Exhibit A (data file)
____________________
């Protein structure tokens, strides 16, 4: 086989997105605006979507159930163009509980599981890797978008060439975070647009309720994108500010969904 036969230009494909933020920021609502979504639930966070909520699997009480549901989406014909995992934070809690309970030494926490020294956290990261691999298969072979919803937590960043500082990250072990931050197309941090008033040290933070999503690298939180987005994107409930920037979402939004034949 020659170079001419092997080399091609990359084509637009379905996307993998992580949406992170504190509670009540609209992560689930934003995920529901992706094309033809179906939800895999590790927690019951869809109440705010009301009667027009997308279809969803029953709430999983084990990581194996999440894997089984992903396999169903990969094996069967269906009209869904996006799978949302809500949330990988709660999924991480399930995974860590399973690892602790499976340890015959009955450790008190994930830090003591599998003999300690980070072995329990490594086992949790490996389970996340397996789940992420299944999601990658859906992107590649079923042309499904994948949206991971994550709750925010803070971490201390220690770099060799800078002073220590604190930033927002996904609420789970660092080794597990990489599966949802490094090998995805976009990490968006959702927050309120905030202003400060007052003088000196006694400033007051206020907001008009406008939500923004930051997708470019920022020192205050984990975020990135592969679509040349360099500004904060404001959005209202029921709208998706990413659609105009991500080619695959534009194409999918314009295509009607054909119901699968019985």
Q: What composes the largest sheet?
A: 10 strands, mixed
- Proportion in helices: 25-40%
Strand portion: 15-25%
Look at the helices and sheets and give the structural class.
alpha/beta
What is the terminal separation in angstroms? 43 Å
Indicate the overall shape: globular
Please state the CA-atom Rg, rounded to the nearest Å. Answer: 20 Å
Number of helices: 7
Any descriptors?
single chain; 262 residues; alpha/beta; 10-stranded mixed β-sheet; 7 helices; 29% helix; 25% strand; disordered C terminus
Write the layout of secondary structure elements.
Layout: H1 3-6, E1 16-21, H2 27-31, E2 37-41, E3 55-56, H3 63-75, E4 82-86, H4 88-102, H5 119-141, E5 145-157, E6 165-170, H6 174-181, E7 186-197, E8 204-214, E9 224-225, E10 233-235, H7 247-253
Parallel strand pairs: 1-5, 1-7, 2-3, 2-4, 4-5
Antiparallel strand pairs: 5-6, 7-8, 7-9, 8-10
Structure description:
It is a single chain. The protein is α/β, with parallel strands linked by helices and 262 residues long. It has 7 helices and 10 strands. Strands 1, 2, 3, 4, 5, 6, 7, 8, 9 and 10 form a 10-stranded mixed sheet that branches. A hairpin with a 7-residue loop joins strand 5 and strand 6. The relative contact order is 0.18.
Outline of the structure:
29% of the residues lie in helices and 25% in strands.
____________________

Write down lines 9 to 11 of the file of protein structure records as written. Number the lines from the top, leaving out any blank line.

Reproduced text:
Indicate the overall shape: globular
Please state the CA-atom Rg, rounded to the nearest Å. Answer: 20 Å
Number of helices: 7